Anyone who owns property that is open to visitors is responsible for ensuring that their property is reasonably safe and that hazards are either addressed or mitigated by posted warnings. This is true for homeowners, but is especially relevant when it comes to commercial property like stores, hotels and restaurants. This area of law is known as premises liability.
One of the most common ways to get hurt on private property is in a slip-and-fall accident. Below are some considerations for when the property owner might be held liable for someone’s injuries.
Aspects of an injury claim
Liability for a slip-and-fall comes down to the details of the hazard and the resulting accident. To successfully hold the property owner liable, you may need to show that:
- You were legally on the property at the time of the accident (not trespassing)
- A slip-and-fall hazard existed that the property owner knew about or should have known about
- The hazard was not adequately addressed within a reasonable amount of time
- You were injured as a result of the hazard
- You suffered damages (physical, financial, etc.) related to the accident and your injuries
Timing and knowledge of a hazard are very important elements. If a customer spills something in a grocery store and another customer immediately slips on it, the property owner typically wouldn’t be deemed responsible. If the spill had been there for several hours before the accident, however, that is a much different story.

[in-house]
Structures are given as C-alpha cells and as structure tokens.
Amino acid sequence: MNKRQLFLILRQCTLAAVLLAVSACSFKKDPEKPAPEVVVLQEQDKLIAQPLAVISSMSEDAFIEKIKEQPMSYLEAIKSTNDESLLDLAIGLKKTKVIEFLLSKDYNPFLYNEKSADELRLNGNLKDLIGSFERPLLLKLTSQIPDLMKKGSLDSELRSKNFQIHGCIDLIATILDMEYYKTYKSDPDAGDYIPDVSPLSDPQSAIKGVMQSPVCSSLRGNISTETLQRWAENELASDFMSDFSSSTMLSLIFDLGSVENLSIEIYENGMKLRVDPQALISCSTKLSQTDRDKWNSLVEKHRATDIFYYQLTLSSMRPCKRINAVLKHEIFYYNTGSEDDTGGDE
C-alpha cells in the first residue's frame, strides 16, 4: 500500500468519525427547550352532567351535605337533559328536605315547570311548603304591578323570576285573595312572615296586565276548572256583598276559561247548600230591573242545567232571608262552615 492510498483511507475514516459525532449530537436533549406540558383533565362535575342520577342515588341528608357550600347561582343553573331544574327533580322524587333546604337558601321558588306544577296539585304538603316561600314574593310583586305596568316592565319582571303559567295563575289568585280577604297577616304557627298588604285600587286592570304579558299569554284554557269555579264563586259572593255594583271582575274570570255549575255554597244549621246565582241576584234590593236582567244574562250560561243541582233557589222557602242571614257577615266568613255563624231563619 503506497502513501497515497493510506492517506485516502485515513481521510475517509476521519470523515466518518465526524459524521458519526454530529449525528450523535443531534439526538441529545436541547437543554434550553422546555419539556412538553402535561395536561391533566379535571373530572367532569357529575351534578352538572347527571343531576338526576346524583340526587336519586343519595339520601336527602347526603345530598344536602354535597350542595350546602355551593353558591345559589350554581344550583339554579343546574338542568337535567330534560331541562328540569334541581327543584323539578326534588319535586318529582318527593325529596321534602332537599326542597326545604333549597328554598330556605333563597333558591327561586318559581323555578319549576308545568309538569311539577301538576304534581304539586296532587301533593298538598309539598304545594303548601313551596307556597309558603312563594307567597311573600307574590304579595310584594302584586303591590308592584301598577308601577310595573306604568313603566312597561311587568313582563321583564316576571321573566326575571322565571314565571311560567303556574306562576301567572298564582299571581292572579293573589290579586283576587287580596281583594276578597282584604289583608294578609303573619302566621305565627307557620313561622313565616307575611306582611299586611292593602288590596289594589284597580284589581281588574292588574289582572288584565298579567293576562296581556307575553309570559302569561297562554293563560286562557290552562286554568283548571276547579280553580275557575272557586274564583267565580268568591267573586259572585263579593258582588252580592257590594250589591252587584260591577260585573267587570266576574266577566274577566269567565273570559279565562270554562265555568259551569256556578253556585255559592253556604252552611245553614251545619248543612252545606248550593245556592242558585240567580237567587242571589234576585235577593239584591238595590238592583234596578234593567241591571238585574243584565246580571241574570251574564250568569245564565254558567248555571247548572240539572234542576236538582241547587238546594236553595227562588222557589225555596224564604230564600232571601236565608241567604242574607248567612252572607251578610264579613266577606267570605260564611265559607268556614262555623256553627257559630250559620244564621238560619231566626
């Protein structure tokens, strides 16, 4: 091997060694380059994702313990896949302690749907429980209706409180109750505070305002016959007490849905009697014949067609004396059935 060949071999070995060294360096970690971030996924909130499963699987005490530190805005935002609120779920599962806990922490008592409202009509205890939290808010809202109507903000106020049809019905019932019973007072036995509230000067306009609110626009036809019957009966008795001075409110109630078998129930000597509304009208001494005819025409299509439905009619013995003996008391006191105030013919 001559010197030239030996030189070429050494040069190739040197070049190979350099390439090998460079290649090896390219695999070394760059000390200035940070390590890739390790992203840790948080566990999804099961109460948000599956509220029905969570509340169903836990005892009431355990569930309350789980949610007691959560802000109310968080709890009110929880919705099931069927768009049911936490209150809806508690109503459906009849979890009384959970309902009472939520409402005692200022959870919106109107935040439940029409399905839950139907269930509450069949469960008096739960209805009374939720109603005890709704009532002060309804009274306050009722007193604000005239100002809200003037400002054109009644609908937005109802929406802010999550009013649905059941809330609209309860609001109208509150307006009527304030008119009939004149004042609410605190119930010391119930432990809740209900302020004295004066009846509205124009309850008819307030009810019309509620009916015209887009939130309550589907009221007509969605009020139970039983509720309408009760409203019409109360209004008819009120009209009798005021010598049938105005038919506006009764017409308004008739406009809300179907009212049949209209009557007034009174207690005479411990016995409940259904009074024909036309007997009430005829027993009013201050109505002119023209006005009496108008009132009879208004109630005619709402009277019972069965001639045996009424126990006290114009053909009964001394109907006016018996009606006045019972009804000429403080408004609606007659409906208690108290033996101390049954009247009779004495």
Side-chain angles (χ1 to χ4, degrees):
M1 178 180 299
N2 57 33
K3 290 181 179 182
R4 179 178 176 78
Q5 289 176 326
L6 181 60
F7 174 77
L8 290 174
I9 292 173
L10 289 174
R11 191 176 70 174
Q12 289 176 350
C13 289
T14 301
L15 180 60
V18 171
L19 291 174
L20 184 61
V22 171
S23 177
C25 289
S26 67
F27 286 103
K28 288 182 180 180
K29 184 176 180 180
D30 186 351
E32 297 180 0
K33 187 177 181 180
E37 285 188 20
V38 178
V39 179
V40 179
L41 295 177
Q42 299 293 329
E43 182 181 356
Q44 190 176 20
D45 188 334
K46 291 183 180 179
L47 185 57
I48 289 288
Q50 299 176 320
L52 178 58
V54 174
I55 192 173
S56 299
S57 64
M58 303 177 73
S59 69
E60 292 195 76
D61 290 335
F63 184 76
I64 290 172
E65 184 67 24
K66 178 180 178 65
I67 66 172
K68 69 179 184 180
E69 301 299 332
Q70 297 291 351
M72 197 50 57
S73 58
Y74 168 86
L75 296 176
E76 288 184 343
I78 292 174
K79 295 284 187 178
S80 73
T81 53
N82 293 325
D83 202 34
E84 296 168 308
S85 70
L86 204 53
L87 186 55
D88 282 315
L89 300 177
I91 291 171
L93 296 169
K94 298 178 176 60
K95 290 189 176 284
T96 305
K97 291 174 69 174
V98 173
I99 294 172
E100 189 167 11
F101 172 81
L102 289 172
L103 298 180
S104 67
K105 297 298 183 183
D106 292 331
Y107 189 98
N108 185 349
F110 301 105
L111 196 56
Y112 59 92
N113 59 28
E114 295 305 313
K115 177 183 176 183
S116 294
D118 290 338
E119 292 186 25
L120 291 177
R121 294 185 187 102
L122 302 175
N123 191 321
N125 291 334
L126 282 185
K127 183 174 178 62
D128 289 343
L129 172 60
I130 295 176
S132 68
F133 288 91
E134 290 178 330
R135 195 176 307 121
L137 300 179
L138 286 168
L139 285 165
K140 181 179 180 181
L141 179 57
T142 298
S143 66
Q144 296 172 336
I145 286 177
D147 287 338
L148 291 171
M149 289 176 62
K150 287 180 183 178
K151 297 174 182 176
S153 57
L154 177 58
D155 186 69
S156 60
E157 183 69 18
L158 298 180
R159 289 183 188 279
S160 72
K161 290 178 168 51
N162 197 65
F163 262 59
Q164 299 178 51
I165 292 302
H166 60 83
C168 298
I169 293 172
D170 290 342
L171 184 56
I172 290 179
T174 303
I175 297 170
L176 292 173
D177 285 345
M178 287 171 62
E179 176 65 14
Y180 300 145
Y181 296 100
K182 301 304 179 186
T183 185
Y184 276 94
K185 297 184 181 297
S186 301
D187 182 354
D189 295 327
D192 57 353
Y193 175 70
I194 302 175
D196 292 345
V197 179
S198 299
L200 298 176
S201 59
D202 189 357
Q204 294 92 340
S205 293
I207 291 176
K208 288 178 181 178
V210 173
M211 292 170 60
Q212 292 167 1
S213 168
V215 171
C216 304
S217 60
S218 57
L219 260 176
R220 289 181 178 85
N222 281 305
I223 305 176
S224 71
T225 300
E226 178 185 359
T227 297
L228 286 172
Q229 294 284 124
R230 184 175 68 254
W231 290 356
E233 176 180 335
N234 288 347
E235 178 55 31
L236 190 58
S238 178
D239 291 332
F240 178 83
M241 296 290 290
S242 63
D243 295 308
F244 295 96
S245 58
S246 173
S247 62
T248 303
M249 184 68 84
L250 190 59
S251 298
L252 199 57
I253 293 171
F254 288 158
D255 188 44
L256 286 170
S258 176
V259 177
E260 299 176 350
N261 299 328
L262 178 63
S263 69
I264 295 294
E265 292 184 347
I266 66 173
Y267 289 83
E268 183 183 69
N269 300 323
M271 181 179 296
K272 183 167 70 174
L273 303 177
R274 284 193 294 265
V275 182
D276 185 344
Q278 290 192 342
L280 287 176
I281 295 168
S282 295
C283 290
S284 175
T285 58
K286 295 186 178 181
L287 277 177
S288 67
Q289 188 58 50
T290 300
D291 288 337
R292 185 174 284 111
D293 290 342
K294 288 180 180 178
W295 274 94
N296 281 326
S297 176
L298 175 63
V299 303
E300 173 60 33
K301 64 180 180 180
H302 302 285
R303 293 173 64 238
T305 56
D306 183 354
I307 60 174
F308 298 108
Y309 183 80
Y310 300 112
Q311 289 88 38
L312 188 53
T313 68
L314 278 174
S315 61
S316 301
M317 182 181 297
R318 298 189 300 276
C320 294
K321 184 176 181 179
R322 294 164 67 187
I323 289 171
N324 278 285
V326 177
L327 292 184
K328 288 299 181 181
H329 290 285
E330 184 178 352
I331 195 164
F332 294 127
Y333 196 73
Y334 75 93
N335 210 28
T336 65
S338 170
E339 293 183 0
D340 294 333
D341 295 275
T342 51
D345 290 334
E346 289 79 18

Assigning fault for the accident and injuries
Accidents are not always one-sided. In many cases, victims bear at least a modicum of responsibility for their injuries. Thankfully, shared fault doesn’t prevent you from being eligible for compensation in a slip-and-fall lawsuit. Instead, a percentage of fault will be assigned to you, and if you win your case, your total award will be reduced by your assigned percentage of fault.
If you suffered a slip-and-fall in a grocery store due to a freshly mopped floor with no sign posted, you would likely have an actionable case. But if you were busy looking at your phone just before the accident, a jury might find you 10 percent at fault and reduce your award accordingly.
How much time do you have to file a lawsuit?
For most personal injury cases in Florida, including slip-and-falls, the statute of limitations is four years from the date of injury. This is generous when you consider that many states have a statute of limitations lasting just two years.
As for the timing within that four-year window, many victims file within six months to a year. You need to wait long enough to uncover the full extent of your injuries, but not wait so long that memories fade and evidence gets lost.
Slip-and-falls can be devastating – know your options
At best, a slip-and-fall can be a little embarrassing or result in some light bruising. But the outcome can also be much worse, including traumatic brain injuries, spinal cord injuries and broken bones. When the damage is bad enough to cause significant injury and steep medical bills, it may be time to consider all of your compensation options.